Galactic CRs are described by a spectrum that is steeper than the one they have at the sources: with in the simplest scenario. The neutrinos produced in their collisions will inherit the spectral index of the parent CR flux. If the main source of the IceCube neutrinos were the collisions of CRs inside galaxies, then their spectral index would be at GeV and around at higher energies. A few 1–2 PeV events at IceCube from such steep flux would then be correlated with a too large diffuse gamma-ray flux at 0.1–100 GeV [11, 29]. Once CRs leave into the IG space, however, their spectral index should be similar to the one they have at the sources. In Eq. (15) we provide a two-component (from proton and He collisions) IG neutrino flux with a spectral index near . Such a hard spectrum, if unbroken, should have already revealed the Glashow resonance. We have shown, however, that if the CR knee brings a change in the composition towards heavier nuclei then the secondary neutrino flux may experience a sudden drop at PeV. Therefore, the observation (or not) of the Glashow resonance will provide important information about the CR composition at these energies.

As a viable possibility, we have studied the implications at IceCube of the IG neutrino flux that may appear if CRs above are dominated by He ( in Eq. (17)). Our results are summarized in Table 2. We see that, normalizing the neutrino flux so that the total number of events in the two high energy bins matches the experimental excess, this single component provides a good fit of all the data. We find that the (much steeper) galactic diffuse flux contributes with just two events in the IceCube sample, a number that is significantly larger than previous estimates by other authors. Within our scheme, a pure proton composition above the CR knee is disfavored as would imply around 2 events of PeV.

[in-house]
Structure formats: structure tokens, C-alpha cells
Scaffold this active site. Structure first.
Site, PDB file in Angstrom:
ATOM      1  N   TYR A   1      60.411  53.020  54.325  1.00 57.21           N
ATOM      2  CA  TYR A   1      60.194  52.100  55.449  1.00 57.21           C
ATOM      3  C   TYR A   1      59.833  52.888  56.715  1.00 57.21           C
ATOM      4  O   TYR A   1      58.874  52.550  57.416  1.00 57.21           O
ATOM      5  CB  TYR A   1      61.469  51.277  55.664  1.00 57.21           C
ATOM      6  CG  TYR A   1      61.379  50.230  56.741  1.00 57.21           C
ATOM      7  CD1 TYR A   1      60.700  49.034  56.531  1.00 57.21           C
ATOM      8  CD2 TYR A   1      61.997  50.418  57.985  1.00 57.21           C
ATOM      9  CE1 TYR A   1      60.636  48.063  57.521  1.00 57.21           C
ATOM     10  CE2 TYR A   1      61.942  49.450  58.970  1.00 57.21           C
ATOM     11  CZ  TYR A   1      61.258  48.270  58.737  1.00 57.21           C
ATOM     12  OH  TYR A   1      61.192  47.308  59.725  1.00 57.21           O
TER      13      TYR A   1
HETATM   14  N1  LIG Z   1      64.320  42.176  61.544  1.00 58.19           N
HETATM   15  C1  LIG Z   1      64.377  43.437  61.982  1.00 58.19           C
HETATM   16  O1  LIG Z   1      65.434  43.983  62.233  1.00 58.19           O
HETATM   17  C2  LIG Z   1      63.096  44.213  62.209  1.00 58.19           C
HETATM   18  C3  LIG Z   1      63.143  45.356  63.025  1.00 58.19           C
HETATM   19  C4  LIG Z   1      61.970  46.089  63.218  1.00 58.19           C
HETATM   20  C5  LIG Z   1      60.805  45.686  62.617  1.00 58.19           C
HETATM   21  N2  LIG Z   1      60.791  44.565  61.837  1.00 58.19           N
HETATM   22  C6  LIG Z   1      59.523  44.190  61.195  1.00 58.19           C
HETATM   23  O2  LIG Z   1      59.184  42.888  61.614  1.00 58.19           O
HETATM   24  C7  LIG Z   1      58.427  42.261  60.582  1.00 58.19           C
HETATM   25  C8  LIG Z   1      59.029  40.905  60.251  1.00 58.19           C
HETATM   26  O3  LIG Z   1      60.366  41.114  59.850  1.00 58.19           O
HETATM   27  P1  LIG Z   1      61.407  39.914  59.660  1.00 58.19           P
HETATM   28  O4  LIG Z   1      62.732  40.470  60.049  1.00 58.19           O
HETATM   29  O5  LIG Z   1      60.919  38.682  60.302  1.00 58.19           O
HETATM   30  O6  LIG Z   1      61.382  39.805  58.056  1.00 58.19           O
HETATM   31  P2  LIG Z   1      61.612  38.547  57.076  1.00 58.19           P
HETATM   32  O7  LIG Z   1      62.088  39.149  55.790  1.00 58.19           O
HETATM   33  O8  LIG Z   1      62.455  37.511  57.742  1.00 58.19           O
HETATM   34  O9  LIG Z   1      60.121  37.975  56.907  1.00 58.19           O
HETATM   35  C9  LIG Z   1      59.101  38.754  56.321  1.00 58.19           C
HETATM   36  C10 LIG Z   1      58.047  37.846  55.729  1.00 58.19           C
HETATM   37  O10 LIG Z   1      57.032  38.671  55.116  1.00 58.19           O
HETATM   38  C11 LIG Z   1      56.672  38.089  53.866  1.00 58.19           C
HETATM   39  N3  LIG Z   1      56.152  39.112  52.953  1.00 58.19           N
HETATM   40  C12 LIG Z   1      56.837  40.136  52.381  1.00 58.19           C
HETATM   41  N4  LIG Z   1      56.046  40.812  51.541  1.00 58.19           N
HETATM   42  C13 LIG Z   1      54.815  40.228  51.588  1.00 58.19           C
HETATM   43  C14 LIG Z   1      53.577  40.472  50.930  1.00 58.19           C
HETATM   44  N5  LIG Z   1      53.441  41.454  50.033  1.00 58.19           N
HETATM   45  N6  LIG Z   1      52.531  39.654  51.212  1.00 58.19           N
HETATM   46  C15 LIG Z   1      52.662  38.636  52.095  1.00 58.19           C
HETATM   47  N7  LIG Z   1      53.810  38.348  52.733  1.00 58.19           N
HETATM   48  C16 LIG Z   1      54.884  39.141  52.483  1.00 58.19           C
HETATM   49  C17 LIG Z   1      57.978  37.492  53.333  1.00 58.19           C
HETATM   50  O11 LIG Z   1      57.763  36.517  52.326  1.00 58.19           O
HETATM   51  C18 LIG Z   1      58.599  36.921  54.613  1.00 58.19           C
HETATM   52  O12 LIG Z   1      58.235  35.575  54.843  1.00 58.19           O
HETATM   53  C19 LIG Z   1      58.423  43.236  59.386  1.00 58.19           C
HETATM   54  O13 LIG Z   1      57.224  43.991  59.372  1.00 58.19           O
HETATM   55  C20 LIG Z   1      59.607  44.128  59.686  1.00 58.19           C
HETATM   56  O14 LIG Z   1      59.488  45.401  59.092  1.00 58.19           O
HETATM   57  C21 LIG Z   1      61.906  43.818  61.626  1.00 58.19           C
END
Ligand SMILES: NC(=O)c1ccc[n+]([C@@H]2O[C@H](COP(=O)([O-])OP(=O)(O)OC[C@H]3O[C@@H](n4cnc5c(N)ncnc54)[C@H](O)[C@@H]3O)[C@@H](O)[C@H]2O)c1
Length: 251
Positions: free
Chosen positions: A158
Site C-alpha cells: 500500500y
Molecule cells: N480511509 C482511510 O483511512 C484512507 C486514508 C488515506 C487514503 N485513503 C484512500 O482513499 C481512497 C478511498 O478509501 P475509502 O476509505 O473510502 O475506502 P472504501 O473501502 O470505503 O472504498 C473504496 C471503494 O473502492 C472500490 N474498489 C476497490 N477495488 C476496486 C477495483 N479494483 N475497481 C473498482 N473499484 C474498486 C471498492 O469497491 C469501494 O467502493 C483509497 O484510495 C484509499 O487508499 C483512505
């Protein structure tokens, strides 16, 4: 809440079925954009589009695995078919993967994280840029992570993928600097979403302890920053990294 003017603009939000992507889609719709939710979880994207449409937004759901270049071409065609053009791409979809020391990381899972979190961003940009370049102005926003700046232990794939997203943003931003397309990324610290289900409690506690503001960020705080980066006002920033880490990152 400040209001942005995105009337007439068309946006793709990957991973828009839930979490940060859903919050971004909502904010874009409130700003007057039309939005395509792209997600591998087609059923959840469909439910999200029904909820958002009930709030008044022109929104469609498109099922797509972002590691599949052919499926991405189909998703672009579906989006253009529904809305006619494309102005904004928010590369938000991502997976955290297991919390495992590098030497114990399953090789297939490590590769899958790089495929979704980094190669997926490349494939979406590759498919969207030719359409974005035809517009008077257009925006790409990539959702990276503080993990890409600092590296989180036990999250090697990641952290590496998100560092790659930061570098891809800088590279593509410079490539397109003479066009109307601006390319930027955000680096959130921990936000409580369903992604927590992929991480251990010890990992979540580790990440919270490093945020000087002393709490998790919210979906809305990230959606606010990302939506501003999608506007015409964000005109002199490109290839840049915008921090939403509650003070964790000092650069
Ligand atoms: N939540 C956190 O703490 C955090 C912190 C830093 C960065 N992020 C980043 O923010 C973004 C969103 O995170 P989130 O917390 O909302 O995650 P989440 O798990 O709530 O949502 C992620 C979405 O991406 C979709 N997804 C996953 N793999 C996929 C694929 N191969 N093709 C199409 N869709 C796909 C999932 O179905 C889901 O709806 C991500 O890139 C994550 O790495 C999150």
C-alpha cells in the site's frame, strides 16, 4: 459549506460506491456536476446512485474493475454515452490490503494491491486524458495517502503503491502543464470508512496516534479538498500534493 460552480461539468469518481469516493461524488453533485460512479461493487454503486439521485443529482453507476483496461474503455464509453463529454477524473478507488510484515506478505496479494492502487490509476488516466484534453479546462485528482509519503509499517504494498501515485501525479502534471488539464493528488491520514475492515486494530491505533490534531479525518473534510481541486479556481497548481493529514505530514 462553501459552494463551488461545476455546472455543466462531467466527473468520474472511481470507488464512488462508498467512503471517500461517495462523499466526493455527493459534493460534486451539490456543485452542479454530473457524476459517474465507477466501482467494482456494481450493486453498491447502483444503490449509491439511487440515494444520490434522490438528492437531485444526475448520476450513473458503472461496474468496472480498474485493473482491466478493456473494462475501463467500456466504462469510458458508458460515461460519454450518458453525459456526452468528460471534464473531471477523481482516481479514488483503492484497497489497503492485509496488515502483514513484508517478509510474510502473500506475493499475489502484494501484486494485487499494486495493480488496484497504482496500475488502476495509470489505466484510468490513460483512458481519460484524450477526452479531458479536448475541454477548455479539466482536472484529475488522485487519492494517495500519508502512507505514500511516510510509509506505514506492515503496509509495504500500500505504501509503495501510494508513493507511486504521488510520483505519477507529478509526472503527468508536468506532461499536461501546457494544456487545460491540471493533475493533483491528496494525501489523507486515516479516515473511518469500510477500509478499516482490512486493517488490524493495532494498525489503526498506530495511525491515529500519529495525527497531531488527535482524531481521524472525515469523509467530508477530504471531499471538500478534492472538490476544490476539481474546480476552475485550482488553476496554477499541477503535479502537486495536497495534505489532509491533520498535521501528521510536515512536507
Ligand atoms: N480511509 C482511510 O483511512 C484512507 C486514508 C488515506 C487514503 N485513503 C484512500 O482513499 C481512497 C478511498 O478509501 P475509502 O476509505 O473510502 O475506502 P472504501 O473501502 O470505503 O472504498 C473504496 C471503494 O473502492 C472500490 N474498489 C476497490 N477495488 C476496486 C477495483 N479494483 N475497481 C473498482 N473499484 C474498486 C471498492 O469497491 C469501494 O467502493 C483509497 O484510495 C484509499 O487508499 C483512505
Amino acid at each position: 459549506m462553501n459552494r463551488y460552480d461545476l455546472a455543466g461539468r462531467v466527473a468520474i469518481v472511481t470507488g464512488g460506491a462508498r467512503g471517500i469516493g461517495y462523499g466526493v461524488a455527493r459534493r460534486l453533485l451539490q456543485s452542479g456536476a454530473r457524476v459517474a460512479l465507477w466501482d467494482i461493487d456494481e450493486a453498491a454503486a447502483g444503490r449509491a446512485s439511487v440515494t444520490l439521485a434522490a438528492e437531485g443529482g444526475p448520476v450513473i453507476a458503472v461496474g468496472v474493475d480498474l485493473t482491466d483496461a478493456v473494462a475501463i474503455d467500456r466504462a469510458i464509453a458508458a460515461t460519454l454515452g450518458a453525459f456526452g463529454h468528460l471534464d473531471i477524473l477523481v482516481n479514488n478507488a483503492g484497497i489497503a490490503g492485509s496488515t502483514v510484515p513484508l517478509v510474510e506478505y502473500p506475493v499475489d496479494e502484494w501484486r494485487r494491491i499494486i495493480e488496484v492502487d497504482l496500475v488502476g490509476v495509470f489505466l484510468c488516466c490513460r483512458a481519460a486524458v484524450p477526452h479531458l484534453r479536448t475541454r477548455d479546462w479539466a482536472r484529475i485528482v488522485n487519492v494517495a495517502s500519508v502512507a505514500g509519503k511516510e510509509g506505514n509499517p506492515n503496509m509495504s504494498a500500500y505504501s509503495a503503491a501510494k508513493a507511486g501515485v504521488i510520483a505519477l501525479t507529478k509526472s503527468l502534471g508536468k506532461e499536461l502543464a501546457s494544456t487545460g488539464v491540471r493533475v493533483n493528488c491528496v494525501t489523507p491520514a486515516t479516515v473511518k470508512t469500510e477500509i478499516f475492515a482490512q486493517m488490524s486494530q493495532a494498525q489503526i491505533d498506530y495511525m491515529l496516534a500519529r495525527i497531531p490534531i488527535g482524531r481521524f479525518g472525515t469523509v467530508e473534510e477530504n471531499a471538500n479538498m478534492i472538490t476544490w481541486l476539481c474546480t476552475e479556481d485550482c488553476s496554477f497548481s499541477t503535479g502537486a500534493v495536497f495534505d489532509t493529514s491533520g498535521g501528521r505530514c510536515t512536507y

Our analysis depends basically on the transport parameter . The value that we have considered is consistent with a Kraichnan spectrum of magnetic turbulences and diffusive shock acceleration at supernova remnants, although other possibilities could be accommodated. We have also discussed possible deviations from a power law in the neutrino flux caused by sudden changes in the primary CR composition. Therefore, we think that the astrophysical neutrino flux discovered by IceCube, once it is fully characterized, will provide very valuable information that will help to complete the CR puzzle.

Acknowledgments

We would like to thank Eduardo Battaner for discussions. This work has been supported by MICINN of Spain (FPA2013-47836, FPA2015-68783-REDT, FPA2016-78220 and Consolider-Ingenio MultiDark CSD2009-00064) and by Junta de Andalucía (FQM101). JMC acknowledges a Beca de Iniciación a la Investigación fellowship from the UGR.

Footnotes

  1. This discrepancy is mostly due to the calculation of IceCube events implied by a given neutrino flux, i.e., to the cuts and the effective volume of the detector at different energies and event topologies (shower or track).
  2. We neglect the redshift in the contribution to the neutrino flux from distant clusters.
  3. The flux could actually be modulated by the large-scale structure around our galaxy.